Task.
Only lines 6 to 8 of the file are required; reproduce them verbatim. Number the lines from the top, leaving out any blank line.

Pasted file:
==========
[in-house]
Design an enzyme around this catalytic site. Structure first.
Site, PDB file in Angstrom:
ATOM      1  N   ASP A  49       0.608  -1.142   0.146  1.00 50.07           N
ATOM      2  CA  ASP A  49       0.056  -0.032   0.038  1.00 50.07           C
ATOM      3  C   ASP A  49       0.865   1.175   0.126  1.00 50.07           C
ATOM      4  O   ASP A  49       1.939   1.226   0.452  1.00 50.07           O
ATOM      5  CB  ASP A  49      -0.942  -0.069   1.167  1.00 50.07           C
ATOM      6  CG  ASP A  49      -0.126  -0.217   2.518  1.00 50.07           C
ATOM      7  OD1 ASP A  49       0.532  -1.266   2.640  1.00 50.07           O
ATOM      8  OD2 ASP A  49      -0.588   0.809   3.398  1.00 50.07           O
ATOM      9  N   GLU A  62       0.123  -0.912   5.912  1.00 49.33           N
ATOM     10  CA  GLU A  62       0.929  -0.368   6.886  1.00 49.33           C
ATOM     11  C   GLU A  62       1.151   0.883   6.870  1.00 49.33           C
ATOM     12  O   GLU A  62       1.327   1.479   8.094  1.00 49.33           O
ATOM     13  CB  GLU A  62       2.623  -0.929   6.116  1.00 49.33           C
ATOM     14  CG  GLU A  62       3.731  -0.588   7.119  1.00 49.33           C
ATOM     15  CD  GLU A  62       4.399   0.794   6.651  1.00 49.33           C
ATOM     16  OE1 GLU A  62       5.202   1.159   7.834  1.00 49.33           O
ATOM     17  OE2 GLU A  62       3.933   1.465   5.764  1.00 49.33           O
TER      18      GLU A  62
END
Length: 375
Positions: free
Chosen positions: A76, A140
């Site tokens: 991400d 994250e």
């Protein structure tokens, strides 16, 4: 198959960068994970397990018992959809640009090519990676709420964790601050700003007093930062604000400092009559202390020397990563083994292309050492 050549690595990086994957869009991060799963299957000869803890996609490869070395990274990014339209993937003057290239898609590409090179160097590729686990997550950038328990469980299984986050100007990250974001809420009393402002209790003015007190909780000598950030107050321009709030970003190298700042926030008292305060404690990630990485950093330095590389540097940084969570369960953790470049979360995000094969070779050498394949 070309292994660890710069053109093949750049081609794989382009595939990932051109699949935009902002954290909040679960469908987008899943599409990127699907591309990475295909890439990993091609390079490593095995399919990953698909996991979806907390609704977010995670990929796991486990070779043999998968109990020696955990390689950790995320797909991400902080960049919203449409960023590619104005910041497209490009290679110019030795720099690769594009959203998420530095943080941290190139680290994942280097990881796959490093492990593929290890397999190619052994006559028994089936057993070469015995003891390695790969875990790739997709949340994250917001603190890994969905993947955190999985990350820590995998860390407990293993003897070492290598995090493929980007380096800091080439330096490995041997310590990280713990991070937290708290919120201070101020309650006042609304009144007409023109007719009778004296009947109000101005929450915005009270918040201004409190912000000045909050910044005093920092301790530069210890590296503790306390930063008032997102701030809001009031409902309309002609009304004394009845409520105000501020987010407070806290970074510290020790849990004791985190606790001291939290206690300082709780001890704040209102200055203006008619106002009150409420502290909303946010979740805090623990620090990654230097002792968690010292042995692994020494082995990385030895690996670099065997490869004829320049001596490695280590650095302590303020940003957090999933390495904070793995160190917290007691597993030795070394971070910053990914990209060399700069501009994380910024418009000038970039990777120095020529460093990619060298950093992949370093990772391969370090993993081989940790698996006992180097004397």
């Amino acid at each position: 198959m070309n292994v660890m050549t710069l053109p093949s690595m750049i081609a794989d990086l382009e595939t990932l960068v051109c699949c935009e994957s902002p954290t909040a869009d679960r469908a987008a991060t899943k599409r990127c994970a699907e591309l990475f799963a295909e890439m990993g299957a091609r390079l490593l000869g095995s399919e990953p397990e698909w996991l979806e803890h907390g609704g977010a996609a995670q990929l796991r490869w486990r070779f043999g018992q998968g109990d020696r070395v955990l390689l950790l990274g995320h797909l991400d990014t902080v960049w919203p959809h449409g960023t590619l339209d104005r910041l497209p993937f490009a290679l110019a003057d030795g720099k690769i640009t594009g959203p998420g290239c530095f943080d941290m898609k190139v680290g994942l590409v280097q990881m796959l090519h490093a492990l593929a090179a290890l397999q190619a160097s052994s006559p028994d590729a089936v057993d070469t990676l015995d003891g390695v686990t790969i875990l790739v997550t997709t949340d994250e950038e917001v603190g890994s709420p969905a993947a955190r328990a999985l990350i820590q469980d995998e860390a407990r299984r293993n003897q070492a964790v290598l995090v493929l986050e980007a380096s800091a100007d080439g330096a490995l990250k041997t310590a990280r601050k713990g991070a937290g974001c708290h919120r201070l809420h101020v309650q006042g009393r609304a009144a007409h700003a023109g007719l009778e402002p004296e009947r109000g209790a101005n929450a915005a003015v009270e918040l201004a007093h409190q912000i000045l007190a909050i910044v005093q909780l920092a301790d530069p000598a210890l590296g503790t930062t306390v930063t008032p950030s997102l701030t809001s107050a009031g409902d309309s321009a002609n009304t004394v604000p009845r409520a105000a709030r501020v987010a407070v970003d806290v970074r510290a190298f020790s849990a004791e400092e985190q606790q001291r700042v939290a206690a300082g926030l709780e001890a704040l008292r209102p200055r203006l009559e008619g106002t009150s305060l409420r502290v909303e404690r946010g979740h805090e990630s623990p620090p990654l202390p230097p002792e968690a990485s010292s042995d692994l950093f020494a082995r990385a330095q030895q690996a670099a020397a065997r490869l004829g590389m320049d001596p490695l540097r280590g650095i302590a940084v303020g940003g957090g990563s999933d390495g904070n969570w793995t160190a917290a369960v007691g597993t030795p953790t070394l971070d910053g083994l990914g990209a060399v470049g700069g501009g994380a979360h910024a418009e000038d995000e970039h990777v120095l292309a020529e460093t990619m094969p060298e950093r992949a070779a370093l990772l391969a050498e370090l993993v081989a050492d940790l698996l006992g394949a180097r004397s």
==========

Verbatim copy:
ATOM      3  C   ASP A  49       0.865   1.175   0.126  1.00 50.07           C
ATOM      4  O   ASP A  49       1.939   1.226   0.452  1.00 50.07           O
ATOM      5  CB  ASP A  49      -0.942  -0.069   1.167  1.00 50.07           C